- How to measure: by simple keeping track of how many people leave the company, you’ll be able to calculate attrition/churn rates. Create a spreadsheet that your other branches can edit with the most up to date information.
Email Opens: opens let you know whether people are being informed and in the know of important company announcements. From a high open rate you can deduce that people received the information you wanted them to and that your subject lines are working.
- How to measure: With ContactMonkey’s Internal Comms plugin, you can measure email opens and see both individual and aggregate opens right from your inbox.
Link clicks: By keeping an eye on link clicks you’ll be able to see whether your audience is engaged. A high click-through rate tells you that the content you’re sending out is relevant and let you identify any other audience preferences.
Location: modern tech like ContactMonkey’s Internal Comms Tool allows you to see beyond opens and click-throughs by showing you where your internal emails are being opened from, as well.
Device: rate of email opens on mobile has grown 5X in recent years so meeting your audience where they are is extremely important.
- How to measure: With ContactMonkey’s Internal Comms plugin, you can also measure all link clicks, location and devices used– both individual and aggregate stats–without leaving your Outlook or Gmail inbox
Feedback & Responses: If you aren’t already surveying your employees, now is the time to start. Surveys can be the best way of understanding what your employees have engaged with when it comes to internal communication.
- How to measure: We recently launched social reactions & pulse surveys for internal comms teams. Now you’re able to add social reactions, pulse surveys, and more using your intuitive, drag-and-drop email template builder in Outlook.
Collecting all of this data is a means to a very specific end: increase employee engagement, send better communications, and help the overall business performance of your organization.
By tracking which content resonates the best in any given branch or location, you’ll be able to better segment your internal emails and increase engagement levels.
5) Continuous Delivery of Your Internal Comms Plan
The last thing to remember when crafting your 2019 internal comms plan is that everything can change as the year progresses, so you need to continuously update your goals and OKRs to reflect your team’s new reality.
In software development continuous delivery means the ability to get changes of all types into production, and into the hands of the end user, safely and quickly in a sustainable way.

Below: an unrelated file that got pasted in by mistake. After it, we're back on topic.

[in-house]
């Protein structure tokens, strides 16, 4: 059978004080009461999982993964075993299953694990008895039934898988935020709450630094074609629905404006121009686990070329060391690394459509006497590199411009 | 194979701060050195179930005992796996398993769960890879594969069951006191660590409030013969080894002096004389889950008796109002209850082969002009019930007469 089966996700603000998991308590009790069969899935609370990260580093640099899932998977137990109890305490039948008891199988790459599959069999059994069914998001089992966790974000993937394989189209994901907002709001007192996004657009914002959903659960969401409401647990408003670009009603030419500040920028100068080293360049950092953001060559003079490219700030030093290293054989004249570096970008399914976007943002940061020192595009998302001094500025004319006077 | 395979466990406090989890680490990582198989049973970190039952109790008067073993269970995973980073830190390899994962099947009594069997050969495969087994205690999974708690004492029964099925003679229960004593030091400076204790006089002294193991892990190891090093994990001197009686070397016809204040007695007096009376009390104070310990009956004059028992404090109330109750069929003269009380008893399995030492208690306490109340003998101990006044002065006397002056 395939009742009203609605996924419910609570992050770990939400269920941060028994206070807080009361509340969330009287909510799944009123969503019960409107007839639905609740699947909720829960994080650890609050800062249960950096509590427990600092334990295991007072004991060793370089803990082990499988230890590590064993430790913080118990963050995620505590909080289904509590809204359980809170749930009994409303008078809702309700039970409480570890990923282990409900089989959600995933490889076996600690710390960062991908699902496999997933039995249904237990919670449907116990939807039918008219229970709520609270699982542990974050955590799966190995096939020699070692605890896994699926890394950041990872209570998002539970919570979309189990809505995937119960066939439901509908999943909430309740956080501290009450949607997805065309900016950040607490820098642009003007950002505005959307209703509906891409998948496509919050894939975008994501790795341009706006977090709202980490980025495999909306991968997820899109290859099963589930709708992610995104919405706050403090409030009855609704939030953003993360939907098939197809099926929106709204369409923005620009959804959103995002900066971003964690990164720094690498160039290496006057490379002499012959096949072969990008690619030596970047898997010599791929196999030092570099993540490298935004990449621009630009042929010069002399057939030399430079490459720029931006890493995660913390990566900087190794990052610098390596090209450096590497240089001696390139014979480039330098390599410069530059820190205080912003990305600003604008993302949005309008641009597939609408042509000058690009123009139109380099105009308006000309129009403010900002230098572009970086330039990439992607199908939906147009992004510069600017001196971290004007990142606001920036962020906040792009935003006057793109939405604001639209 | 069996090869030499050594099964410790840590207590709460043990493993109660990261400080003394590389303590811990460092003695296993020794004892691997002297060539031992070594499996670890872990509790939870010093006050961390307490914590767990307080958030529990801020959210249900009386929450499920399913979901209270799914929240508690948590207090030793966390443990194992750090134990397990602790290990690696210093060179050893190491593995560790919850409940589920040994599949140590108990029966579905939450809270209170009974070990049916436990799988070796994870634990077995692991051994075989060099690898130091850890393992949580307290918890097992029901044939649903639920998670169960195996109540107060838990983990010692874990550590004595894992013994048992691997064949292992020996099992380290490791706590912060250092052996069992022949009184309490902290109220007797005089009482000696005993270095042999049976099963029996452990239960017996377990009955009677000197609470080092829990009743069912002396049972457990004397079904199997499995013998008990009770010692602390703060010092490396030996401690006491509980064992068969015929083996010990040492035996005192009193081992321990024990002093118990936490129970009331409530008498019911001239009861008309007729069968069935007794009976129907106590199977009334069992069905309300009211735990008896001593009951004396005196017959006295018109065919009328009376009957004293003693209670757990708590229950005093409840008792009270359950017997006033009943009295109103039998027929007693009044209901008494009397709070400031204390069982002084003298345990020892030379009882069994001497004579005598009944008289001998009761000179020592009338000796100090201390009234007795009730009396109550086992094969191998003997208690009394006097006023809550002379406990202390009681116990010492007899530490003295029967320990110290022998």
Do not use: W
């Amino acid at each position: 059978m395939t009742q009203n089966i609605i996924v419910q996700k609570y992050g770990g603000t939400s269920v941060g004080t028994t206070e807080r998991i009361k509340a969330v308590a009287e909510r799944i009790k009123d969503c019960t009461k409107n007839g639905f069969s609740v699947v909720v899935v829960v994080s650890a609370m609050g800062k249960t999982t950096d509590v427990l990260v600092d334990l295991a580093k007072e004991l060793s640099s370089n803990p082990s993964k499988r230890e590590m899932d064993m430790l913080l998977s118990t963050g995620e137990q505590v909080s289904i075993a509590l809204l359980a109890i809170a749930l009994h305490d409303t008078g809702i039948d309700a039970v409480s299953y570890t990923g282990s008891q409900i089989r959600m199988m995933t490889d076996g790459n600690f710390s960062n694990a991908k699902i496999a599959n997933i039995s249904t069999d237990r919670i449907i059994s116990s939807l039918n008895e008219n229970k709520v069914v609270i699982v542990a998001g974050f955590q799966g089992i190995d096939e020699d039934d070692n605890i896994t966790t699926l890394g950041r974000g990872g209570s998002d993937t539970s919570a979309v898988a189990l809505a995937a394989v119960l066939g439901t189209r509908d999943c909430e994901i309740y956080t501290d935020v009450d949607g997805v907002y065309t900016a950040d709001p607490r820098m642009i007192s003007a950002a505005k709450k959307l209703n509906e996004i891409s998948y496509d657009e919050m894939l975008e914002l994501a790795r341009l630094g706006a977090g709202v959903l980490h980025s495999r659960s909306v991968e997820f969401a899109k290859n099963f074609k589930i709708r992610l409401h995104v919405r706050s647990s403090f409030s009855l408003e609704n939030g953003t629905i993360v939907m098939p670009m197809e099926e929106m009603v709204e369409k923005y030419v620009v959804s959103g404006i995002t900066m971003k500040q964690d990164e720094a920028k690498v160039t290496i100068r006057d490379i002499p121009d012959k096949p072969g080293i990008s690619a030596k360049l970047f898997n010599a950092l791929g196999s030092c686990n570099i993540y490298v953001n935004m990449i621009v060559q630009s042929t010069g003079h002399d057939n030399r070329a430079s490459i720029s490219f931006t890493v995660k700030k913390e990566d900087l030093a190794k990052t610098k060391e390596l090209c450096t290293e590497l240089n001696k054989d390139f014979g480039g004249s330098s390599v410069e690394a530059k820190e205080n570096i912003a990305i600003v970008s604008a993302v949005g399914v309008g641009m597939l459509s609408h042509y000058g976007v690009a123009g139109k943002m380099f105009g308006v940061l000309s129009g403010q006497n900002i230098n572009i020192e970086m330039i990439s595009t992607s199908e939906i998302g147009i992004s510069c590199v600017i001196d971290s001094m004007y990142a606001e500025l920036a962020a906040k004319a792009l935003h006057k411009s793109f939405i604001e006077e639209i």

When applied to internal comms, continuous delivery allows communicators to always be in a fast-paced, nimble state. Here’s how:
- Come up with a repeatable process and methodology. For example, if you’re creating your weekly internal employee newsletter, you should have a predictable process in place for reviewing, perfecting, and sending out your content. We recommend using our email template builder so you can use drag-and-drop tools to easily build your newsletters.
- Book meetings with your execs constantly. You don’t want to be blindsided by new changes in company goals. For that reason you need to make sure that your execs are aware of what you’re working on and vice versa.
- Make your work visible to your team. Just as you don’t want to be blindsided by your execs, the rest of your team members should know if there are any changes in what you’re working on.
We recommend you adopt a project management tool such as Trello, Asana, or CoSchedule while still having face to face meetings whenever possible. Here’s a list of amazing internal comms tools you should look at.
Maybe add a couple of lines either here of after the T;DR to wrap up the whole article. A concluding paragraph.
- Assess your current situation–what worked? What didn’t? What needs to change?
- Base your goals on your company’s larger goals. Help guide that conversation too!
- Adopt an OKR system (objectives and key results) to ensure every strategy you undertake ties to a higher, measurable goal.
- Come with a list of what to measure and how.
- Get tools to help you gauge employee engagement while enabling you to make beautiful responsive emails — we do all of that and more, check us out here.
- Continuously update your plan throughout the year as goals and circumstances change.
Do you want to see how your internal communications plan can be improved? We’ll show in a personalized demo!